Grigor Dimitrov:  The Bulgarian made the transition from Baby Federer to Mr. Sharapova this year, earning himself off-court notoriety.  On the court, Dimitrov has grabbed headlines as well by upsetting Djokovic and twice taking Nadal to third sets at Masters 1000 events.  He has not fared as well at majors, still looking for his second-week debut at one of them.  Dimitrov’s one-handed backhand separates him from everyone on this list, and it can break down under pressure.

Ernests Gulbis

Ernests Gulbis:  Not until Cincinnati did he lose to an opponent outside the top 10 on a hard court this year.  The enormously talented Gulbis has lacked motivation for most of his career, as his results at majors have showed.  He never has left an impact on the US Open, but a 13-match winning streak in North America this spring culminated with a near-upset over Nadal at Indian Wells.  Gulbis also reached the quarterfinals at the Rogers Cup, where he defeated Murray before falling to Raonic.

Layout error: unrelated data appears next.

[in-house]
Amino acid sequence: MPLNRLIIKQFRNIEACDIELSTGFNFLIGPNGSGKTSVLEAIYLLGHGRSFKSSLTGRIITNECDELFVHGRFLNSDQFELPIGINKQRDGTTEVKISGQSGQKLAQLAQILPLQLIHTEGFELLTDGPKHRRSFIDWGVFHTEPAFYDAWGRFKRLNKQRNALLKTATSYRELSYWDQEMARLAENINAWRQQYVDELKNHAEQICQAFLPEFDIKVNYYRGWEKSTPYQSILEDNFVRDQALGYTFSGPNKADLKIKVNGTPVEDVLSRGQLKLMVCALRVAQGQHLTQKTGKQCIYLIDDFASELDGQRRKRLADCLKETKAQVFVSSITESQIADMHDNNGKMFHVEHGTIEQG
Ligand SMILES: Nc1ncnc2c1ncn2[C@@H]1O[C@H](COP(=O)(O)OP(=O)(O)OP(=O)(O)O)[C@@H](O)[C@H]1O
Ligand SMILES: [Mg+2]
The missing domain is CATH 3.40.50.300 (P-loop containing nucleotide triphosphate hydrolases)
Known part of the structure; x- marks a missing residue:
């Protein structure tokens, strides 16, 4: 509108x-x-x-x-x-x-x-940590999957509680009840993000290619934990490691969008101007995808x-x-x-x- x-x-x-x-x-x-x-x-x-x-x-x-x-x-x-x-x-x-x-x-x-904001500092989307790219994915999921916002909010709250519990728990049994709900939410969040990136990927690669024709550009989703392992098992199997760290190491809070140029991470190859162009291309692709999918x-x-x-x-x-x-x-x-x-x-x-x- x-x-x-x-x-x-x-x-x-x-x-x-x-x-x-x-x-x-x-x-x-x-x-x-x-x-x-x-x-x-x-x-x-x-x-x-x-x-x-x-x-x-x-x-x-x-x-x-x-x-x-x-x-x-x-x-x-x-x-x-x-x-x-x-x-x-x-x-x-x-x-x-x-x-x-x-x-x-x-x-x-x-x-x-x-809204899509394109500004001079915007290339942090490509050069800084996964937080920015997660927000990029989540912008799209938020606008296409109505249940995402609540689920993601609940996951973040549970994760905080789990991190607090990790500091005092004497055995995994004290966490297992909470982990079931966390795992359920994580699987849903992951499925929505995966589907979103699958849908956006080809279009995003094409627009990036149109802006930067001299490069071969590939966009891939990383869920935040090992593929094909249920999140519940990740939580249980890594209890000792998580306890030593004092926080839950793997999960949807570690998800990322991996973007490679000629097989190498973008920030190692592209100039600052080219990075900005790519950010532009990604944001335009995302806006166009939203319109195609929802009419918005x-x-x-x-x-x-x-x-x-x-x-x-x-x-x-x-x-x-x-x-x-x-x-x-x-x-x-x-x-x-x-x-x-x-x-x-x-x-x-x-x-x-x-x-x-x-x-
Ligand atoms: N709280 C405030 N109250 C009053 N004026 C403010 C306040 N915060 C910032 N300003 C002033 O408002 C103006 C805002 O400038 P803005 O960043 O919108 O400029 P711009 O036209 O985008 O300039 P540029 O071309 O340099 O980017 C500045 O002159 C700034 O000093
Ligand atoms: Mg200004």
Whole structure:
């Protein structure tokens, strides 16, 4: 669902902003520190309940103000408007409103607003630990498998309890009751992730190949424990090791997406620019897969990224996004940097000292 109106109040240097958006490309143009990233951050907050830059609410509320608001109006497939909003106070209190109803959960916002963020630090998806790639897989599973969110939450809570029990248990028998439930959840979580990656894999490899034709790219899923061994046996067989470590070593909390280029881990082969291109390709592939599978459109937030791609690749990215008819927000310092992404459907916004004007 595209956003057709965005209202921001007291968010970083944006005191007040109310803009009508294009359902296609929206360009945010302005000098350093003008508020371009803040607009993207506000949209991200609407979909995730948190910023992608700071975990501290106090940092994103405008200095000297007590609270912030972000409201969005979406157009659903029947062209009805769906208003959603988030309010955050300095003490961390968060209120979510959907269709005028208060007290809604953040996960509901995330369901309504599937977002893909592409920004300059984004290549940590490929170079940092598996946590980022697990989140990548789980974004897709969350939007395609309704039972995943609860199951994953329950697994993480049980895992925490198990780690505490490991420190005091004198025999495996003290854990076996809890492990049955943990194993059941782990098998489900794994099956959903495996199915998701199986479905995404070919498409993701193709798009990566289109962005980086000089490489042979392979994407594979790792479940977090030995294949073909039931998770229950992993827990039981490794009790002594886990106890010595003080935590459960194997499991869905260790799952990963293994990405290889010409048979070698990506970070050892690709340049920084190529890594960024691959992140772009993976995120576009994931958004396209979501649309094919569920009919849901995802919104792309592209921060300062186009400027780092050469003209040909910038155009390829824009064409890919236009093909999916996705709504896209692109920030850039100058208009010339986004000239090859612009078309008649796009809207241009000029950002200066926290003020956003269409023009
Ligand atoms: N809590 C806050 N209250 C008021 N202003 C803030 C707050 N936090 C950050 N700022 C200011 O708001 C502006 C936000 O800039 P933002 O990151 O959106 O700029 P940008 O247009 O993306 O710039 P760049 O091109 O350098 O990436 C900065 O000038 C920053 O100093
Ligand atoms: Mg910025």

Dmitry Tursunov:  Relegated to qualifying draws when 2013 began, the Russian now has snagged a US Open seed after a handful of withdrawals.  Tursunov built his resurgence from the ground up, reaching the Cincinnati quarterfinals as a qualifier after he threatened Isner in a Washington semifinal.  Twice has he upset David Ferrer this year, something to note if the draw places them near each other.  Tursunov has not won a main-draw match at the US Open since 2008, so he has much to prove at this level.

Vasek Pospisil:  Raonic did not carry the Canadian flag alone in Montreal this year, joined in the semifinals there by a relatively unfamiliar compatriot.  Playing one epic after another, Pospisil edged past Isner and Tomas Berdych in final-set tiebreaks before losing to Raonic and his first Cincinnati opponent in the same manner.  His previous seven ATP matches all had reached final sets, so he has plenty of experience in crunch time although not much experience yet at majors.